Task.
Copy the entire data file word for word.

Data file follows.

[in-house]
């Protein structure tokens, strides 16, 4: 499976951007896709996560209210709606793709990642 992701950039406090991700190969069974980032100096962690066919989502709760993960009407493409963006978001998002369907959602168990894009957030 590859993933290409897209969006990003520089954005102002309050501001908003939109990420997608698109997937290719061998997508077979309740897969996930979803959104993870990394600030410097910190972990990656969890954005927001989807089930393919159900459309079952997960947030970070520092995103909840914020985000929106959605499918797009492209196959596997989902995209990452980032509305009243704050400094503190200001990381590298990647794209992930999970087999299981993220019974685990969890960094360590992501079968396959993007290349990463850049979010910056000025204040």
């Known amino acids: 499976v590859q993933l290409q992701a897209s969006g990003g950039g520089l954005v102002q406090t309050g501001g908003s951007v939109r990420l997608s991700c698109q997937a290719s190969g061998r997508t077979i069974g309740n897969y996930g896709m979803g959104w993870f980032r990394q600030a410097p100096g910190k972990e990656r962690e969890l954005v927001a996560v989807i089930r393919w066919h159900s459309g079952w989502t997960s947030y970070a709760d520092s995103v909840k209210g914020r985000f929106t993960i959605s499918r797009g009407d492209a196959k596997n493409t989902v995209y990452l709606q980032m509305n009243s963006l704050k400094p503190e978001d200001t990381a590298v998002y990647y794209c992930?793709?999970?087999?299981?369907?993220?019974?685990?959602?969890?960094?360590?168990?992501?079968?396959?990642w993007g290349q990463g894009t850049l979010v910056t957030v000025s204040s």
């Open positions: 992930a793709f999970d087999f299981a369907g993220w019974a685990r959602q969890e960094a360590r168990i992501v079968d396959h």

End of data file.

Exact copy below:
[in-house]
């Protein structure tokens, strides 16, 4: 499976951007896709996560209210709606793709990642 992701950039406090991700190969069974980032100096962690066919989502709760993960009407493409963006978001998002369907959602168990894009957030 590859993933290409897209969006990003520089954005102002309050501001908003939109990420997608698109997937290719061998997508077979309740897969996930979803959104993870990394600030410097910190972990990656969890954005927001989807089930393919159900459309079952997960947030970070520092995103909840914020985000929106959605499918797009492209196959596997989902995209990452980032509305009243704050400094503190200001990381590298990647794209992930999970087999299981993220019974685990969890960094360590992501079968396959993007290349990463850049979010910056000025204040």
């Known amino acids: 499976v590859q993933l290409q992701a897209s969006g990003g950039g520089l954005v102002q406090t309050g501001g908003s951007v939109r990420l997608s991700c698109q997937a290719s190969g061998r997508t077979i069974g309740n897969y996930g896709m979803g959104w993870f980032r990394q600030a410097p100096g910190k972990e990656r962690e969890l954005v927001a996560v989807i089930r393919w066919h159900s459309g079952w989502t997960s947030y970070a709760d520092s995103v909840k209210g914020r985000f929106t993960i959605s499918r797009g009407d492209a196959k596997n493409t989902v995209y990452l709606q980032m509305n009243s963006l704050k400094p503190e978001d200001t990381a590298v998002y990647y794209c992930?793709?999970?087999?299981?369907?993220?019974?685990?959602?969890?960094?360590?168990?992501?079968?396959?990642w993007g290349q990463g894009t850049l979010v910056t957030v000025s204040s």
């Open positions: 992930a793709f999970d087999f299981a369907g993220w019974a685990r959602q969890e960094a360590r168990i992501v079968d396959h």